# What is formula for induced drag in stalling regime?

I'm wondering what is the formula for induced drag in a stalled regime, i.e. in a regime where the $C_L$ (coef. of. lift) has started to decrease but is still nonzero.

I've a feeling that the conventional formula for induced drag $$D_i = \frac{L^2}{\frac{1}{2}\rho V^2 \pi b^2 \epsilon}$$ (taken e.g. from this answer) which in essence depends on lift $L$, does not explain induced drag in stalling regime (if it would, it would erroneously imply that the induced drag is equal for a pair of AoAs $\alpha_{\text{before-stall}} < \alpha_{\text{after-stall}}$ which both correspond to the the same $C_L$).

I've come across the evidence that induced drag continues to grow as square of AoA even in stalled regime (e.g. schematic Fig. 4.14 from av8n.com)

but can't find more.

Thanks.

That formula describes the "lift-induced drag" for a planar wing. Lift-induced drag

As the definition implies, this drag is induced by the generated lift, the effect of stall (flow separation) is not contributing to this drag component.

Therefore, there is no other formula for the stalled regime.

• Doesn't the epsilon in the formula above account for non-elliptical lift distributions? For all wings except those that create an elliptical lift distribution this value is going to be less than one, thus creating more induced drag.
– Jan
Commented May 21, 2019 at 17:54
• Yes indeed, that's where it differs from the wikipedia version. I overlooked that part, I'll edit my answer. This doesn't change much about the content of the answer though. Commented May 21, 2019 at 21:48

Beyond the stall, the wing profile is governed by flat plate aerodynamics. The airfoil does still have lift and drag, and one could express one as a function of the other, but I have not seen a useful application of it.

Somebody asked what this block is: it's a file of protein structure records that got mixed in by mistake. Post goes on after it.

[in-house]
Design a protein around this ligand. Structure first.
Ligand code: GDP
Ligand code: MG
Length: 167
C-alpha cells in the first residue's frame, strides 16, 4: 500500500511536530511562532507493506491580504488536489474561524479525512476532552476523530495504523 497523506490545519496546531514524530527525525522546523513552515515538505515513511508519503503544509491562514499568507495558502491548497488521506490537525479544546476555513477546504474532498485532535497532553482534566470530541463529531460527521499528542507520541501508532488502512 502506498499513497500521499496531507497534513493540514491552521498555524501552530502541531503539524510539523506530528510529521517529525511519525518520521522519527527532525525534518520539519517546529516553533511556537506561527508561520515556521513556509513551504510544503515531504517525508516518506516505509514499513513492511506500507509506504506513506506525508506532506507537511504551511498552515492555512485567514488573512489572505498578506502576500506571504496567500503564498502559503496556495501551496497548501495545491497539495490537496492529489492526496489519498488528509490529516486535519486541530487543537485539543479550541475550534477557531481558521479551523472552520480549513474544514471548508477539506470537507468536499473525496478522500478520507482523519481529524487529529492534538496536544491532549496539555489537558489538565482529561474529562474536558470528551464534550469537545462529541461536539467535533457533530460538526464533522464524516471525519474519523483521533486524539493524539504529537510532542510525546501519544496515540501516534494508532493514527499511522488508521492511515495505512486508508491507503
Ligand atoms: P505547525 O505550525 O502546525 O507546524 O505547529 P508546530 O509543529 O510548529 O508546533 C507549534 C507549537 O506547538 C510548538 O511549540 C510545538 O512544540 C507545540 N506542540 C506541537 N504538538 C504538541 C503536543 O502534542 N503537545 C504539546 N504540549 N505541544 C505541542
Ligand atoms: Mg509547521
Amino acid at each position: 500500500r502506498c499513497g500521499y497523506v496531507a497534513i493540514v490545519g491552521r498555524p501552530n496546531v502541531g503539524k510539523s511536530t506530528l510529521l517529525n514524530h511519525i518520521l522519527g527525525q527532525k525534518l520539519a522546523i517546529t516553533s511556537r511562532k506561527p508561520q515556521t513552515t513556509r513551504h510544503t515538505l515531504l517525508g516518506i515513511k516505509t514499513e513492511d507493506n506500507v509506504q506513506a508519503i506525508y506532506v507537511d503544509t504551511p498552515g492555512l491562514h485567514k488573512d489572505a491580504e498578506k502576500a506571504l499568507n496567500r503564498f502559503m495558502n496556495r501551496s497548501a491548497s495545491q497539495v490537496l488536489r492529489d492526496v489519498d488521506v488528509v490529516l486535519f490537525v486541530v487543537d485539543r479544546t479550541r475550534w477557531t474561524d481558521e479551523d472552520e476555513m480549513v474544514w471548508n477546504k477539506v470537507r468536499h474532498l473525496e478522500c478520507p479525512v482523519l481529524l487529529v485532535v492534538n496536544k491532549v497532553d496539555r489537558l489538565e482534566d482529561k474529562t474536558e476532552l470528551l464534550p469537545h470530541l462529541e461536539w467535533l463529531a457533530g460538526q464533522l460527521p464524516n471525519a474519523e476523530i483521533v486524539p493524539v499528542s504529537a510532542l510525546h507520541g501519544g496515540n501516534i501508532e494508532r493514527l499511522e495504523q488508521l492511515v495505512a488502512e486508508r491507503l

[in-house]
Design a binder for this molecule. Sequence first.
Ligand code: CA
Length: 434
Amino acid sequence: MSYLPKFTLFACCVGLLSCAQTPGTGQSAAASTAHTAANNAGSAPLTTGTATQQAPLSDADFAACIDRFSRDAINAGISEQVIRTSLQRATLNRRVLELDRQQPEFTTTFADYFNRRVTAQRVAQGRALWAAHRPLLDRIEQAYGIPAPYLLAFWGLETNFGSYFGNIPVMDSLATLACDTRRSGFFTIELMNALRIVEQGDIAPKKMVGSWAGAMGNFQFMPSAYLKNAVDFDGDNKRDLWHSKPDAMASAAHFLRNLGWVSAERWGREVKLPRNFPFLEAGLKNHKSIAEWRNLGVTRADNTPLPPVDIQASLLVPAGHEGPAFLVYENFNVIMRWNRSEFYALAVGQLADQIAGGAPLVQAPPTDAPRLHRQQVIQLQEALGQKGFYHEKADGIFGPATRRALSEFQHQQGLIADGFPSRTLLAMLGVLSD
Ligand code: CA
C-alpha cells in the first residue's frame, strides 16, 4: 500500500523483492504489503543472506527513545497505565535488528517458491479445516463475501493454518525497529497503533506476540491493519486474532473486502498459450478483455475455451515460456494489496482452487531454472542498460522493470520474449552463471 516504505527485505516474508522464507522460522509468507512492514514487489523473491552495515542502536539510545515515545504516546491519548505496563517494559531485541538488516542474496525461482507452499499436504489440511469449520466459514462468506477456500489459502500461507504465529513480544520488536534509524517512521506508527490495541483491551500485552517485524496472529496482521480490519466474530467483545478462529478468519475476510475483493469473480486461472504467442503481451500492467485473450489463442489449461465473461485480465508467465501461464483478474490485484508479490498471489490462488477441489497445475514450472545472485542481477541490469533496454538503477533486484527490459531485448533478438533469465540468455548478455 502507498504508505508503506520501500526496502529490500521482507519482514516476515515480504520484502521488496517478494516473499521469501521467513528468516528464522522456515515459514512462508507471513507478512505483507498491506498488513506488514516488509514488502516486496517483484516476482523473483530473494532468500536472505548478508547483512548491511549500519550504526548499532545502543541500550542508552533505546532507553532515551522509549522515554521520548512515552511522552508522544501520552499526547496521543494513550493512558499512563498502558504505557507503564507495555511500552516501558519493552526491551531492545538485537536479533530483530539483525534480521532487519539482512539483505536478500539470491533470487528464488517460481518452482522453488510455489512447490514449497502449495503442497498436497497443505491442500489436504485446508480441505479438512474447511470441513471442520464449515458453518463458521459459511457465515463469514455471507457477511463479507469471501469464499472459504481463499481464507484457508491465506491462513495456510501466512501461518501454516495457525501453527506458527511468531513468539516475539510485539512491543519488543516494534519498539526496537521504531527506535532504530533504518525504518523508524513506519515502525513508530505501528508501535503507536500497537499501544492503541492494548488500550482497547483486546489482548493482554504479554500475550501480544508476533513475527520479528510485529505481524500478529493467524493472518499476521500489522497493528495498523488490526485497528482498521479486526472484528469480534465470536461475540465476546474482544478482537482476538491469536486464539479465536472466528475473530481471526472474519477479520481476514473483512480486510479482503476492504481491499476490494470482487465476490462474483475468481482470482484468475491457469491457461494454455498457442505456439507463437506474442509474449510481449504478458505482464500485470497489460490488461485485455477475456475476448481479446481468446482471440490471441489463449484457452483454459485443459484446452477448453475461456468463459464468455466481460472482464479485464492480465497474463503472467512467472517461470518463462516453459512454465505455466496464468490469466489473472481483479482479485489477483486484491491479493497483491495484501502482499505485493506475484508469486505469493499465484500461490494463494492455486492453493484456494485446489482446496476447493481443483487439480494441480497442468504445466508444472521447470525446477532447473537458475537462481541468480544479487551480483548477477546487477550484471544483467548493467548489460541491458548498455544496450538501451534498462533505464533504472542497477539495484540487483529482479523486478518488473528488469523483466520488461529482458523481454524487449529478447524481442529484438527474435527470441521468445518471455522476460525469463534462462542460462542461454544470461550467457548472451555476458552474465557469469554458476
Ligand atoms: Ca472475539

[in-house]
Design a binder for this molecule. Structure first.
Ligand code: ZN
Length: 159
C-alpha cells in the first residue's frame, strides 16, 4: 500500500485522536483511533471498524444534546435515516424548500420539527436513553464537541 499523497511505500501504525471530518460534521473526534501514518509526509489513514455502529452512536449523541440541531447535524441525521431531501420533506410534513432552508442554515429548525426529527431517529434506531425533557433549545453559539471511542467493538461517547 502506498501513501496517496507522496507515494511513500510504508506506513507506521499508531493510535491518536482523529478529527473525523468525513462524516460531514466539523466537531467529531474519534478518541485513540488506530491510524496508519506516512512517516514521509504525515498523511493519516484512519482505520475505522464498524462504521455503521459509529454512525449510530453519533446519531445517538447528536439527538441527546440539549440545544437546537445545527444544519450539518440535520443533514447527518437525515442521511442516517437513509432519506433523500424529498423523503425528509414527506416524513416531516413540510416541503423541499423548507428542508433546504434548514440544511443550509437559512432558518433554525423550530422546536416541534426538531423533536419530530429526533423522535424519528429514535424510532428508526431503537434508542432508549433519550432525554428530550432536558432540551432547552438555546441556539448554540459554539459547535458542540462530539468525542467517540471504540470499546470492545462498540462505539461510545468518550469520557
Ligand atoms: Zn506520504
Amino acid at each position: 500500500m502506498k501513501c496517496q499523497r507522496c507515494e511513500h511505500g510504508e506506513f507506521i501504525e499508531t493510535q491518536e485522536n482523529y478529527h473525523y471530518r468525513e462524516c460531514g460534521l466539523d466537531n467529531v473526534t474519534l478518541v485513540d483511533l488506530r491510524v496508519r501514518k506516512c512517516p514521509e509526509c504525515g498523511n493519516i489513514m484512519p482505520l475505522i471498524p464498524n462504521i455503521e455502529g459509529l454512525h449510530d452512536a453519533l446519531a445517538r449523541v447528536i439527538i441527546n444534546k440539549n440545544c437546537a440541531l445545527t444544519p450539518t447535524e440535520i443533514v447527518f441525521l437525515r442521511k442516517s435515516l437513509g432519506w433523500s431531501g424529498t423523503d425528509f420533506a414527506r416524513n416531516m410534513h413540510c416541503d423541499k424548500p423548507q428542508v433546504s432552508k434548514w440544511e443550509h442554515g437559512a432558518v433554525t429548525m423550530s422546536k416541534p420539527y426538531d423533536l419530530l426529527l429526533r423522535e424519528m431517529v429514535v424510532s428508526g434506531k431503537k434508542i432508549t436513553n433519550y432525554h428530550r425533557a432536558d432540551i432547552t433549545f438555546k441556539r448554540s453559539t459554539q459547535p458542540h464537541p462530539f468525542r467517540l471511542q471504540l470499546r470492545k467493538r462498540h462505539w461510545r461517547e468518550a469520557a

Flat plate drag is a function of Reynolds number. The picture is from this document, and shows $$C_D$$ as function of $$Re$$ and AoA.

More info, an equation and 360 deg plots of a NACA 0012 profile in the answers to this question. Looks a lot like sine & cosine graphs, doesn't it.

If we interpret induced drag as the backward component of the lift vector (explained here and here), post stall is not much different from pre-stall.

It is simply the vector decomposition of the lift, so if we rotate the wing more, the induced angle of attack increases and induced drag increases. However, with stall, when we rotate the wing more, we actually reduce the lift and thereby the induced drag.

The final experienced induced drag is influenced by both (i.e. how big is the lift force, and how much is it tilted backward), so how the induced drag actually develops with AoA depends on the relative change in both and thus is highly dependent on the airfoil.

From my understanding induced drag is the penalty for accelerating air (to create lift) and the creation of the wing tip vortices. If you deflect the air a lot it creates more induced drag, stronger vortices but also more lift and if you don't deflect it as much it creates less lift, less induced drag. Notice I haven't even mentioned the stall because to me that is a general cause and affect relationship. As you angle the airfoil up to create more lift you deflect the air down but this deflection of air also affects the incoming airflow (as long as we're subsonic) and because of that the net force vector starts pointing aft a little bit. It is this additional deflection of the force vector that causes a drag force, the induced drag.

Note: The lift after the stall doesn't drop to zero! There will always be quite a bit of lift throughout the full angle of attack range as can be seen in wind tunnel results (already linked by other users here but I'll repeat it: What is the performance of a flat plate wing?). Only at around 180° angle of attack and around 0° will the lift coefficient ever be close to zero and thus create no more induced drag. At 45° angle of attack the wind tunnel results show a lift coefficient of roughly 1.1, which can be more lift than if the airfoil is in normal operating range.